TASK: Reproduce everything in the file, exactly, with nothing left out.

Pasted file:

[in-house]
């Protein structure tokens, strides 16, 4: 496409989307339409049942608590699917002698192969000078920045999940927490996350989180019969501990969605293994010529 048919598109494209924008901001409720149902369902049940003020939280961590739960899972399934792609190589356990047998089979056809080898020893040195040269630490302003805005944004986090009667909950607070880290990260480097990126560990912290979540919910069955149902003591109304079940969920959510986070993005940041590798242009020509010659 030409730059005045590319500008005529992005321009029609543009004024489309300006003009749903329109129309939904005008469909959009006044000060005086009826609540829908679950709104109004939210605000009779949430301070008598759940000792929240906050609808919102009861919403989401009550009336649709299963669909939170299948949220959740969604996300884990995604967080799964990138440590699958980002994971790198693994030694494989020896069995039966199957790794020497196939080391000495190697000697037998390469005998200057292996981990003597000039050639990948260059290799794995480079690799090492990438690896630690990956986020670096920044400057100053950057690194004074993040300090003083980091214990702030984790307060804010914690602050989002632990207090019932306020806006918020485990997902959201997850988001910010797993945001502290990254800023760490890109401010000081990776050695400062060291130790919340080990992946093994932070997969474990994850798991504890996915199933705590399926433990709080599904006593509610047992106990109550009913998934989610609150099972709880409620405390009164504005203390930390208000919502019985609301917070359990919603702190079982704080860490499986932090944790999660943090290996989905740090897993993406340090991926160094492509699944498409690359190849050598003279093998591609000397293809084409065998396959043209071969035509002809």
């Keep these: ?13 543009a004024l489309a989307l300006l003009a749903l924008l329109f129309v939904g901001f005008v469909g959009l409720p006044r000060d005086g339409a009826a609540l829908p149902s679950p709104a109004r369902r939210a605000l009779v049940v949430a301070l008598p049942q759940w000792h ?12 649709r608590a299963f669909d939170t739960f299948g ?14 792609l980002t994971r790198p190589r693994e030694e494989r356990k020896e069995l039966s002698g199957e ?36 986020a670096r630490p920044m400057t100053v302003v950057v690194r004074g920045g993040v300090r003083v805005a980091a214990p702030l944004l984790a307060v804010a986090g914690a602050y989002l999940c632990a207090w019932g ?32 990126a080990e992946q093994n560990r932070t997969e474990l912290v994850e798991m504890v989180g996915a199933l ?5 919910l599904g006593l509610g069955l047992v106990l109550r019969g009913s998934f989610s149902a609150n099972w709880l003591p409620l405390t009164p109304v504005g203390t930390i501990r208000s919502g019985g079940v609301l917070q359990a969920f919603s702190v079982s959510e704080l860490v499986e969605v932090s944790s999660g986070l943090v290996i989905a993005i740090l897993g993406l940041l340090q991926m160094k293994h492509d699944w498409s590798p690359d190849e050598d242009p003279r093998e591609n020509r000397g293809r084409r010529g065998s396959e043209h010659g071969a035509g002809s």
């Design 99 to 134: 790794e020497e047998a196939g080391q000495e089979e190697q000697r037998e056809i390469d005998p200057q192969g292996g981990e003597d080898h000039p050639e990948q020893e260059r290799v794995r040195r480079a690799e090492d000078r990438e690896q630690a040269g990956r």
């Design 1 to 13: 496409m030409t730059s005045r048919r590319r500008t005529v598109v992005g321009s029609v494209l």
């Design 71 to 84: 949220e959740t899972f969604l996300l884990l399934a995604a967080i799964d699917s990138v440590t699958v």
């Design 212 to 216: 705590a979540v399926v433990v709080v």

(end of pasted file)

[in-house]
């Protein structure tokens, strides 16, 4: 496409989307339409049942608590699917002698192969000078920045999940927490996350989180019969501990969605293994010529 048919598109494209924008901001409720149902369902049940003020939280961590739960899972399934792609190589356990047998089979056809080898020893040195040269630490302003805005944004986090009667909950607070880290990260480097990126560990912290979540919910069955149902003591109304079940969920959510986070993005940041590798242009020509010659 030409730059005045590319500008005529992005321009029609543009004024489309300006003009749903329109129309939904005008469909959009006044000060005086009826609540829908679950709104109004939210605000009779949430301070008598759940000792929240906050609808919102009861919403989401009550009336649709299963669909939170299948949220959740969604996300884990995604967080799964990138440590699958980002994971790198693994030694494989020896069995039966199957790794020497196939080391000495190697000697037998390469005998200057292996981990003597000039050639990948260059290799794995480079690799090492990438690896630690990956986020670096920044400057100053950057690194004074993040300090003083980091214990702030984790307060804010914690602050989002632990207090019932306020806006918020485990997902959201997850988001910010797993945001502290990254800023760490890109401010000081990776050695400062060291130790919340080990992946093994932070997969474990994850798991504890996915199933705590399926433990709080599904006593509610047992106990109550009913998934989610609150099972709880409620405390009164504005203390930390208000919502019985609301917070359990919603702190079982704080860490499986932090944790999660943090290996989905740090897993993406340090991926160094492509699944498409690359190849050598003279093998591609000397293809084409065998396959043209071969035509002809």
């Keep these: ?13 543009a004024l489309a989307l300006l003009a749903l924008l329109f129309v939904g901001f005008v469909g959009l409720p006044r000060d005086g339409a009826a609540l829908p149902s679950p709104a109004r369902r939210a605000l009779v049940v949430a301070l008598p049942q759940w000792h ?12 649709r608590a299963f669909d939170t739960f299948g ?14 792609l980002t994971r790198p190589r693994e030694e494989r356990k020896e069995l039966s002698g199957e ?36 986020a670096r630490p920044m400057t100053v302003v950057v690194r004074g920045g993040v300090r003083v805005a980091a214990p702030l944004l984790a307060v804010a986090g914690a602050y989002l999940c632990a207090w019932g ?32 990126a080990e992946q093994n560990r932070t997969e474990l912290v994850e798991m504890v989180g996915a199933l ?5 919910l599904g006593l509610g069955l047992v106990l109550r019969g009913s998934f989610s149902a609150n099972w709880l003591p409620l405390t009164p109304v504005g203390t930390i501990r208000s919502g019985g079940v609301l917070q359990a969920f919603s702190v079982s959510e704080l860490v499986e969605v932090s944790s999660g986070l943090v290996i989905a993005i740090l897993g993406l940041l340090q991926m160094k293994h492509d699944w498409s590798p690359d190849e050598d242009p003279r093998e591609n020509r000397g293809r084409r010529g065998s396959e043209h010659g071969a035509g002809s």
């Design 99 to 134: 790794e020497e047998a196939g080391q000495e089979e190697q000697r037998e056809i390469d005998p200057q192969g292996g981990e003597d080898h000039p050639e990948q020893e260059r290799v794995r040195r480079a690799e090492d000078r990438e690896q630690a040269g990956r």
């Design 1 to 13: 496409m030409t730059s005045r048919r590319r500008t005529v598109v992005g321009s029609v494209l």
């Design 71 to 84: 949220e959740t899972f969604l996300l884990l399934a995604a967080i799964d699917s990138v440590t699958v």
């Design 212 to 216: 705590a979540v399926v433990v709080v």